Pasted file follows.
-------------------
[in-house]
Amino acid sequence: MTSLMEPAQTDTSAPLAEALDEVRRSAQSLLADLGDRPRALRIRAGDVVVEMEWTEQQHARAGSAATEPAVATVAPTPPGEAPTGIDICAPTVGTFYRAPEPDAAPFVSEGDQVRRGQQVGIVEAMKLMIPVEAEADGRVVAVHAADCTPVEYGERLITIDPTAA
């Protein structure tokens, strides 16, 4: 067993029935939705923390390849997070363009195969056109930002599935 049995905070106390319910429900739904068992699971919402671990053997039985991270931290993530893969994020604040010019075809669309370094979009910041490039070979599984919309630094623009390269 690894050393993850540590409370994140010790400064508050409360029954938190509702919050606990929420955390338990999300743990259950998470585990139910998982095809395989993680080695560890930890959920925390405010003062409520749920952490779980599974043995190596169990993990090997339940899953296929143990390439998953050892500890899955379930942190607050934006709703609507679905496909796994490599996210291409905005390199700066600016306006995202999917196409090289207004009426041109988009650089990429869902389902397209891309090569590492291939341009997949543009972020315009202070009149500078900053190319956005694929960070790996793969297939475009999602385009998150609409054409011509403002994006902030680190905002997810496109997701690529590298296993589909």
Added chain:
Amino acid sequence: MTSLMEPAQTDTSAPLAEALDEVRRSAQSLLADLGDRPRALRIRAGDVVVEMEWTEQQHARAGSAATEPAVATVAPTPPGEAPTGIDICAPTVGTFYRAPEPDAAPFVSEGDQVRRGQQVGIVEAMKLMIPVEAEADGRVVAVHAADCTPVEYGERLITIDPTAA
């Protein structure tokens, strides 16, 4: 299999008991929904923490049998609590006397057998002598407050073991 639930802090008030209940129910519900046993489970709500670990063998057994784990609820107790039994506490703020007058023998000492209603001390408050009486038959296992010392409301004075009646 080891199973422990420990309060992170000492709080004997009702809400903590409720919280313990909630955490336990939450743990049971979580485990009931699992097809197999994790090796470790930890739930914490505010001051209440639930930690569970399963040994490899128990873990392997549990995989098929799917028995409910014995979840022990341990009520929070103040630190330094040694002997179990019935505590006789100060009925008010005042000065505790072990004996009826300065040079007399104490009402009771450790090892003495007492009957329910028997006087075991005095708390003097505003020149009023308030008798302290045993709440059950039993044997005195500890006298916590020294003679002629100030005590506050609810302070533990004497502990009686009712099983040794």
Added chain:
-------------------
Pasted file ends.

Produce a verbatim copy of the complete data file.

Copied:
[in-house]
Amino acid sequence: MTSLMEPAQTDTSAPLAEALDEVRRSAQSLLADLGDRPRALRIRAGDVVVEMEWTEQQHARAGSAATEPAVATVAPTPPGEAPTGIDICAPTVGTFYRAPEPDAAPFVSEGDQVRRGQQVGIVEAMKLMIPVEAEADGRVVAVHAADCTPVEYGERLITIDPTAA
């Protein structure tokens, strides 16, 4: 067993029935939705923390390849997070363009195969056109930002599935 049995905070106390319910429900739904068992699971919402671990053997039985991270931290993530893969994020604040010019075809669309370094979009910041490039070979599984919309630094623009390269 690894050393993850540590409370994140010790400064508050409360029954938190509702919050606990929420955390338990999300743990259950998470585990139910998982095809395989993680080695560890930890959920925390405010003062409520749920952490779980599974043995190596169990993990090997339940899953296929143990390439998953050892500890899955379930942190607050934006709703609507679905496909796994490599996210291409905005390199700066600016306006995202999917196409090289207004009426041109988009650089990429869902389902397209891309090569590492291939341009997949543009972020315009202070009149500078900053190319956005694929960070790996793969297939475009999602385009998150609409054409011509403002994006902030680190905002997810496109997701690529590298296993589909």
Added chain:
Amino acid sequence: MTSLMEPAQTDTSAPLAEALDEVRRSAQSLLADLGDRPRALRIRAGDVVVEMEWTEQQHARAGSAATEPAVATVAPTPPGEAPTGIDICAPTVGTFYRAPEPDAAPFVSEGDQVRRGQQVGIVEAMKLMIPVEAEADGRVVAVHAADCTPVEYGERLITIDPTAA
């Protein structure tokens, strides 16, 4: 299999008991929904923490049998609590006397057998002598407050073991 639930802090008030209940129910519900046993489970709500670990063998057994784990609820107790039994506490703020007058023998000492209603001390408050009486038959296992010392409301004075009646 080891199973422990420990309060992170000492709080004997009702809400903590409720919280313990909630955490336990939450743990049971979580485990009931699992097809197999994790090796470790930890739930914490505010001051209440639930930690569970399963040994490899128990873990392997549990995989098929799917028995409910014995979840022990341990009520929070103040630190330094040694002997179990019935505590006789100060009925008010005042000065505790072990004996009826300065040079007399104490009402009771450790090892003495007492009957329910028997006087075991005095708390003097505003020149009023308030008798302290045993709440059950039993044997005195500890006298916590020294003679002629100030005590506050609810302070533990004497502990009686009712099983040794």
Added chain: